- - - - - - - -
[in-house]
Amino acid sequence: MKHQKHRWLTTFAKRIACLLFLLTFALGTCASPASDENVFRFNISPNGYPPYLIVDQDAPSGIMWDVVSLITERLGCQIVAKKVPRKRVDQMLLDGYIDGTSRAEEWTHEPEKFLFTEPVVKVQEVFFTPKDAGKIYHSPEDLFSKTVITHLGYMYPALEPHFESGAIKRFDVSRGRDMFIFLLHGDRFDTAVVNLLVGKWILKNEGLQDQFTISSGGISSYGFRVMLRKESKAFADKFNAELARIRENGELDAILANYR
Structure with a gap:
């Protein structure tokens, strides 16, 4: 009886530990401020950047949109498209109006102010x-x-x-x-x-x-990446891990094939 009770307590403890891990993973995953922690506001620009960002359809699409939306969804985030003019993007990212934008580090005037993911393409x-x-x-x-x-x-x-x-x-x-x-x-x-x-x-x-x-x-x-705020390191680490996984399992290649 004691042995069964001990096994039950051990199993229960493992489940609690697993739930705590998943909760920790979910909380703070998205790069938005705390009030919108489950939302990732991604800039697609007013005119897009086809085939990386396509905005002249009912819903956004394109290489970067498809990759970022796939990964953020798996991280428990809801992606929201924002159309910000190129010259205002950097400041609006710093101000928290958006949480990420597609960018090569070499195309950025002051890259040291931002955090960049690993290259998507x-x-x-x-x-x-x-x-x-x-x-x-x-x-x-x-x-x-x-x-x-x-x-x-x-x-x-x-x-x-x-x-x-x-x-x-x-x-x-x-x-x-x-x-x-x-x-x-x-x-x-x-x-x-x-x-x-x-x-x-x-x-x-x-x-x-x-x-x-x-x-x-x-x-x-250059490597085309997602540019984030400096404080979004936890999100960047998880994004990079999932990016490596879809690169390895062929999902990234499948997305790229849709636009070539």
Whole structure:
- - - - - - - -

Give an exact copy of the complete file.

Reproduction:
[in-house]
Amino acid sequence: MKHQKHRWLTTFAKRIACLLFLLTFALGTCASPASDENVFRFNISPNGYPPYLIVDQDAPSGIMWDVVSLITERLGCQIVAKKVPRKRVDQMLLDGYIDGTSRAEEWTHEPEKFLFTEPVVKVQEVFFTPKDAGKIYHSPEDLFSKTVITHLGYMYPALEPHFESGAIKRFDVSRGRDMFIFLLHGDRFDTAVVNLLVGKWILKNEGLQDQFTISSGGISSYGFRVMLRKESKAFADKFNAELARIRENGELDAILANYR
Structure with a gap:
């Protein structure tokens, strides 16, 4: 009886530990401020950047949109498209109006102010x-x-x-x-x-x-990446891990094939 009770307590403890891990993973995953922690506001620009960002359809699409939306969804985030003019993007990212934008580090005037993911393409x-x-x-x-x-x-x-x-x-x-x-x-x-x-x-x-x-x-x-705020390191680490996984399992290649 004691042995069964001990096994039950051990199993229960493992489940609690697993739930705590998943909760920790979910909380703070998205790069938005705390009030919108489950939302990732991604800039697609007013005119897009086809085939990386396509905005002249009912819903956004394109290489970067498809990759970022796939990964953020798996991280428990809801992606929201924002159309910000190129010259205002950097400041609006710093101000928290958006949480990420597609960018090569070499195309950025002051890259040291931002955090960049690993290259998507x-x-x-x-x-x-x-x-x-x-x-x-x-x-x-x-x-x-x-x-x-x-x-x-x-x-x-x-x-x-x-x-x-x-x-x-x-x-x-x-x-x-x-x-x-x-x-x-x-x-x-x-x-x-x-x-x-x-x-x-x-x-x-x-x-x-x-x-x-x-x-x-x-x-x-250059490597085309997602540019984030400096404080979004936890999100960047998880994004990079999932990016490596879809690169390895062929999902990234499948997305790229849709636009070539």
Whole structure: